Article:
Many sunscreens have problematic ingredients and poor UV protection and make overblown claims. Since 2007, EWG has been scouring the market for the safest and most effective products.
When it comes to protecting yourself from the sun, it's easy to go wrong. To help you go right, instead, we whipped up a list of the really bad actors because sometimes, knowing what's on the "avoid" list is a good way to land a safer product.Read More
Pretty much all I knew about sunscreen growing up was that SPF was some measure of how much sunburn protection came out of the bottle. Hard to believe that (way back) in those days the great debate was "6 or 8," not 30 or 50 (or 100!). We even busted out the baby oil on occasion (oh, the teen years!).Read More
Some sunscreens prevent sunburn but not other types of skin damage. Make sure yours provides broad-spectrum protection and follow these other tips for better protection.Read More
EWG asks the FDA’s National Center for Toxicological Research to complete its study of vitamin A ingredients, which according to agency tests speed the development of skin tumors and lesions on sun-exposed skin. EWG urges FDA to make a determination about the safety of these ingredients in cosmetics and sunscreens.Read More
Washington, DC – Environmental Working Group (EWG) president Ken Cook today urged the Food and Drug Administration (FDA) and the National Toxicology Program (NTP) to speed their analysis of a seminal investigation of possible toxic and carcinogenic risks of retinyl palmitate, a form of vitamin A added to many sunscreen products.Read More
Washington, D.C. - The fourth annual Sunscreen Guide by Environmental Working Group (EWG) gives low marks to the current crop of sunscreen products, with a few notable exceptions. EWG researchers recommend only 39, or 8 percent, of 500 beach and sport sunscreens on the market this season.Read More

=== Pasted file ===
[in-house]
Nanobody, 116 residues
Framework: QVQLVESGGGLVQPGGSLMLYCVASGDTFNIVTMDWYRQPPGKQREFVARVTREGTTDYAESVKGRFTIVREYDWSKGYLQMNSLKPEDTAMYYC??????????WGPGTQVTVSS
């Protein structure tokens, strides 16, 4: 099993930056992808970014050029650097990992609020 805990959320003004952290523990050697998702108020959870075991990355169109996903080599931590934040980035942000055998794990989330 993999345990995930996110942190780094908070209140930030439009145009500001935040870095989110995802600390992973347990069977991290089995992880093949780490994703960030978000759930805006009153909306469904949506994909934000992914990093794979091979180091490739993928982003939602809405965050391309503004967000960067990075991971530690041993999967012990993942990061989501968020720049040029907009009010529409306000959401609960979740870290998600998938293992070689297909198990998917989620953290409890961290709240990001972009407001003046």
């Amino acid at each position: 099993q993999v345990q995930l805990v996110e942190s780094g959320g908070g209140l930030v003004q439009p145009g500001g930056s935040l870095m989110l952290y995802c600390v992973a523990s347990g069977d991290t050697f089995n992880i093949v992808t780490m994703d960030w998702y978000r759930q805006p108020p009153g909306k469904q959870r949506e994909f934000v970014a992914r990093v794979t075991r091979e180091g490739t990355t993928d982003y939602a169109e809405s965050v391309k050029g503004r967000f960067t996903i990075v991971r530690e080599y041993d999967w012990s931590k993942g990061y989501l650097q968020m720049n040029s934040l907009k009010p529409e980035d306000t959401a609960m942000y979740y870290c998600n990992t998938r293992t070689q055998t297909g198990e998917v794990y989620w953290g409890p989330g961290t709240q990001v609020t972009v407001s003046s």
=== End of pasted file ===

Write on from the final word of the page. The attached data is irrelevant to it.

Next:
The coalition led by EWG and dermatologist Steven Q. Wang has asked the FDA to finalize its sunscreen regulations this year and to expedite its review of new ingredients that could enhance the products’ sun protections. The letter is signed by 69 physicians and scientists.Read More
As the saying goes, another one bites the dust. Another year, that is. But before we leave 2009 behind for good - which many of us would happily do - let's take a quick look back at the 10 most popular Enviroblog posts of the year. It's a (web)log, after all, of what's newsworthy in toxics, a chronicle of what was on our minds, and yours.Read More
Hitting the slopes this winter? Gnarly is for steeps and chutes, not faces.Read More
Sunburns are inconvenient and sometimes painful, but they always seem to go away in a few days. Melanoma on quite the other hand, is not something that I want to mess with.Read More
Maybe you are, maybe you aren't. There are two simple ways to check:
- Check the label - only four sunscreen filters approved by FDA can provide broad-spectrum UVA protection; avobenzone, Mexoryl, titanium dioxide, and zinc oxide.
- Use the EWG 2009 sunscreen guide to check the UVA score.
By this point in the summer you've probably thoroughly researched and hunted down just the sunscreen you want. If you haven't, quick, it's already August! Read our sunscreen report and use our search widget to find a safe, effective choice for your family.Read More
So you've read our 2009 sunscreen report cover to cover, right? OK, probably not - we're all too busy to handle that much information in the middle of summer - no matter how useful and scintillating and well written.Read More
This week my family is vacationing, like many American families, and we're doing our best to play outside - a lot. Which, of course, means we're in the sun. And since we're from Oregon, our skin isn't exactly used to the sun come July.Read More
Every year about this time we get a note from our preschool asking parents to either sign off on the school's sunscreen application regimen (their brand) or to bring your own. We've always brought our own because I was not at all keen on the brand the school used.Read More
EWG scientists interviewed about sunscreens and DC drinking water.Read More